Japanese Covered Bridge

Japanese Covered Bridge, Hoi An

Located between Nguyen Thi Minh Khai and Tran Phu Street, 1 km from Hoi An Center and 20 km to the airport, Japanese Covered Bridge (Chùa Cầu or Lai Vien Kieu) is work is of Japanese merchants who came to Hoi An and built in the mid of 16th, 17th century.

According to legend, the temple is considered as a sword crashing down on the monster “mamazu”, made it move the tail and cause earthquakes. In 1653 they built the temple, connecting to the railing in the north, from which locals called “Chùa Cầu”.

According to the records remaining at the entrance of the bridge, the bridge was rebuilt in 1817.

The bridge is about 18 meters long, connecting two roads Nguyen Thi Minh Khai and Tran Phu and is also a special architectural monument.

Pagoda and bridge are made of carved and painted wood and meticulously. At the beginning and the end of bridge animal statue which is made from wood: dog and monkey (may be the bridge was built from the year of monkey and completed in the year of dog), these animals are worshiped by Japanese in the past. Although it also know as a temple but there is no Buddha Statue there.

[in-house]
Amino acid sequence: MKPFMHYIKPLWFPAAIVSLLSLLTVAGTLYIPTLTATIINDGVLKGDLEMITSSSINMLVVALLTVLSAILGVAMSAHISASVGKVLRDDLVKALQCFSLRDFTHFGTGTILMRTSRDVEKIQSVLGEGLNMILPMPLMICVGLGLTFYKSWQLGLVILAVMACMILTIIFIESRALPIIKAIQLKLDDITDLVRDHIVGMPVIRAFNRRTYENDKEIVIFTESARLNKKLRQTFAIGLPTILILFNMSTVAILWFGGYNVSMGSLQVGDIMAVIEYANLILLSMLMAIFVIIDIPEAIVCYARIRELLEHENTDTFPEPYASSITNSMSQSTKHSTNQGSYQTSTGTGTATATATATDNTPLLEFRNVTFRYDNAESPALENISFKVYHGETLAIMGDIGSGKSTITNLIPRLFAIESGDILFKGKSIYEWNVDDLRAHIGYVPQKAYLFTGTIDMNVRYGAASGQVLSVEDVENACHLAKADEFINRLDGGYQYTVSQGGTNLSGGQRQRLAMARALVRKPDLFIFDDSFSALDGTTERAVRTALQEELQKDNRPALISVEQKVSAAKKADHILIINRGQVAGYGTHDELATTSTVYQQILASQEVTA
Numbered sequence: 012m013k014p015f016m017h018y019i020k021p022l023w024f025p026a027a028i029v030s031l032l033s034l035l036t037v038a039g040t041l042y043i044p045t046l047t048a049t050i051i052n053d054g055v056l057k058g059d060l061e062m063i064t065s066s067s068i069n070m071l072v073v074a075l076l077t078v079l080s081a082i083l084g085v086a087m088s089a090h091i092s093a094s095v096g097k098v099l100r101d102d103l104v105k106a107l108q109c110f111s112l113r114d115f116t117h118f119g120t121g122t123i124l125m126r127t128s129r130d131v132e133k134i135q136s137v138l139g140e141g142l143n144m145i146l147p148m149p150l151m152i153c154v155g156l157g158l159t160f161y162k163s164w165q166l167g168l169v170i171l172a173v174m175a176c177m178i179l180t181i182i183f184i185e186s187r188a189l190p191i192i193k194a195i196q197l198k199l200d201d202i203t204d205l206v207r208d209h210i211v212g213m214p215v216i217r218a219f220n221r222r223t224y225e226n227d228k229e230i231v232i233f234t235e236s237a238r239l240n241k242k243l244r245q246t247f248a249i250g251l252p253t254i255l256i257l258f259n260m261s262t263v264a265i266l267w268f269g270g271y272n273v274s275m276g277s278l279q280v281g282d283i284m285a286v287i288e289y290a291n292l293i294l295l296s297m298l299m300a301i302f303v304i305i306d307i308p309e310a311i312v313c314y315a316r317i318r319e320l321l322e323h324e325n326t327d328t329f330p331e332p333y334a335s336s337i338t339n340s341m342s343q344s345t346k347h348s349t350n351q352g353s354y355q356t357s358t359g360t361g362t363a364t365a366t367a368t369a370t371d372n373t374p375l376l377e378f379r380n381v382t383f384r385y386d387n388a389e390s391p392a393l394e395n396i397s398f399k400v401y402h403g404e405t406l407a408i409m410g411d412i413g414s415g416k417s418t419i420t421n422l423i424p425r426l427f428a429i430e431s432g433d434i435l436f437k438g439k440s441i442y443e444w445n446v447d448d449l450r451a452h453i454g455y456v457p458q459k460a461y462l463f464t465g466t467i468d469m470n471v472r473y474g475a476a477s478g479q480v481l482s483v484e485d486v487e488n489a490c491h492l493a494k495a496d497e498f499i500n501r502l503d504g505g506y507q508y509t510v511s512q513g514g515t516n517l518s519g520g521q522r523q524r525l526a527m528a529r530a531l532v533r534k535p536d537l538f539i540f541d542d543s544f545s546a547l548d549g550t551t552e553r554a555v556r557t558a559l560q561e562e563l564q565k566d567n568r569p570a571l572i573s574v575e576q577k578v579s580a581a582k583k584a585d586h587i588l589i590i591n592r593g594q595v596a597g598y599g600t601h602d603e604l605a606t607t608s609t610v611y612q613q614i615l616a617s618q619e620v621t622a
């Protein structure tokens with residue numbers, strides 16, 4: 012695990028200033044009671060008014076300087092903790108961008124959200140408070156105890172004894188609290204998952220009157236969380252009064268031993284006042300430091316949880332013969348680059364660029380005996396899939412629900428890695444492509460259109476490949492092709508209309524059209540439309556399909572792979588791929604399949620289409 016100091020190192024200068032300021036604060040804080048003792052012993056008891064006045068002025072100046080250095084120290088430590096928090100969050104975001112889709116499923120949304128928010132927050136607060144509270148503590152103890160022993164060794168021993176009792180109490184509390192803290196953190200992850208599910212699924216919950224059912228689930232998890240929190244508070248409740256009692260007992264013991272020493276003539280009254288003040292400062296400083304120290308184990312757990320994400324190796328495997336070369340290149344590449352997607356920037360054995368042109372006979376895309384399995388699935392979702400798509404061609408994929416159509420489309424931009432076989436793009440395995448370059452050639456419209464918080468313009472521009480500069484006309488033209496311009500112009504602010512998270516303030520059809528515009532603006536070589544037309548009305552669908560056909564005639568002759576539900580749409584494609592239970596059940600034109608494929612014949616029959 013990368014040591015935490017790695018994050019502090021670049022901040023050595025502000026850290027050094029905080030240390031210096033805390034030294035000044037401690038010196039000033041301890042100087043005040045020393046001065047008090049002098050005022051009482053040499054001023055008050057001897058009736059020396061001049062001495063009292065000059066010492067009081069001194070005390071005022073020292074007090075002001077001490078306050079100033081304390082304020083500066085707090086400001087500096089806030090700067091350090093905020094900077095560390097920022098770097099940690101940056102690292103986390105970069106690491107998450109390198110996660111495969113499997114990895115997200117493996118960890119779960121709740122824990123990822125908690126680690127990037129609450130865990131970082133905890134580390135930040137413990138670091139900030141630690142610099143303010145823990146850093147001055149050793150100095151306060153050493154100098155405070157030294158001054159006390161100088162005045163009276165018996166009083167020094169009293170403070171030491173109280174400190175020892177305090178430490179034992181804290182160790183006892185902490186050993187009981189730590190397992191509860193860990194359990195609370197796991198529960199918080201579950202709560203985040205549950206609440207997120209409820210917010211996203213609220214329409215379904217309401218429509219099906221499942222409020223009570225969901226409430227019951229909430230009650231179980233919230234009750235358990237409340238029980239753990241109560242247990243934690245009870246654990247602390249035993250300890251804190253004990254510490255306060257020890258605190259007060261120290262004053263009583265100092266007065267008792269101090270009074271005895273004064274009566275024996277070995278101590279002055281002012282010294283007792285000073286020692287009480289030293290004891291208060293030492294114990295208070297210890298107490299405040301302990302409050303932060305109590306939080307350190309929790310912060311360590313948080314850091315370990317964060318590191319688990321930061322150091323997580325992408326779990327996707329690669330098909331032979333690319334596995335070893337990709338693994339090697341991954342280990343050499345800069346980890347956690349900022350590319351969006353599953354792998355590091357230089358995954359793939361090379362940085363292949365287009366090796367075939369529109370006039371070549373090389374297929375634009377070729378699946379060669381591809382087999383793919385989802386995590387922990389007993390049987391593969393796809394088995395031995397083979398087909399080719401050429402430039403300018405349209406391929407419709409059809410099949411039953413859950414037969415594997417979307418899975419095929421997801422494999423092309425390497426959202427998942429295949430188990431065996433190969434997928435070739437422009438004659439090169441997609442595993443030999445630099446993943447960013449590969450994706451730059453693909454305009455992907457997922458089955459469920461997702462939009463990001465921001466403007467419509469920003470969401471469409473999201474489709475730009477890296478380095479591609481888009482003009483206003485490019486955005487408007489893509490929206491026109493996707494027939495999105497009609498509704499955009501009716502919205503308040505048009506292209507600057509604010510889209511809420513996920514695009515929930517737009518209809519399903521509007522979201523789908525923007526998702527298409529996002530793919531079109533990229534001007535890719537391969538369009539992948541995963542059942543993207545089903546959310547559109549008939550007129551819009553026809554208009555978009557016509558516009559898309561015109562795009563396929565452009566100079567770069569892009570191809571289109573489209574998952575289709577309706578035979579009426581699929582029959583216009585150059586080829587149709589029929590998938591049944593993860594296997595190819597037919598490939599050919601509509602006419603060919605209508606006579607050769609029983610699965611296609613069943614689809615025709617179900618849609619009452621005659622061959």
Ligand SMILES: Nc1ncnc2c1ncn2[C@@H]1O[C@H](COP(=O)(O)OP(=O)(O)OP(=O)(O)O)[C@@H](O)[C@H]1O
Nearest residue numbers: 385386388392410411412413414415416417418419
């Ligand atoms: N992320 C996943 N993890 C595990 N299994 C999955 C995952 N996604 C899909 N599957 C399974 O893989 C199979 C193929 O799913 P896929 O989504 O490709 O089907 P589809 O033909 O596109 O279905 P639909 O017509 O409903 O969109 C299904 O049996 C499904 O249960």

Due to the impact of natural disasters, the bridge has been rebuilt and fixed several times so the Japanese architectural elements is lost, and it has the architecture style of Vietnam, China.

The Japanese Covered Bridge is safe and invaluable property has been established and known as the symbol of Hoi An Ancient City.

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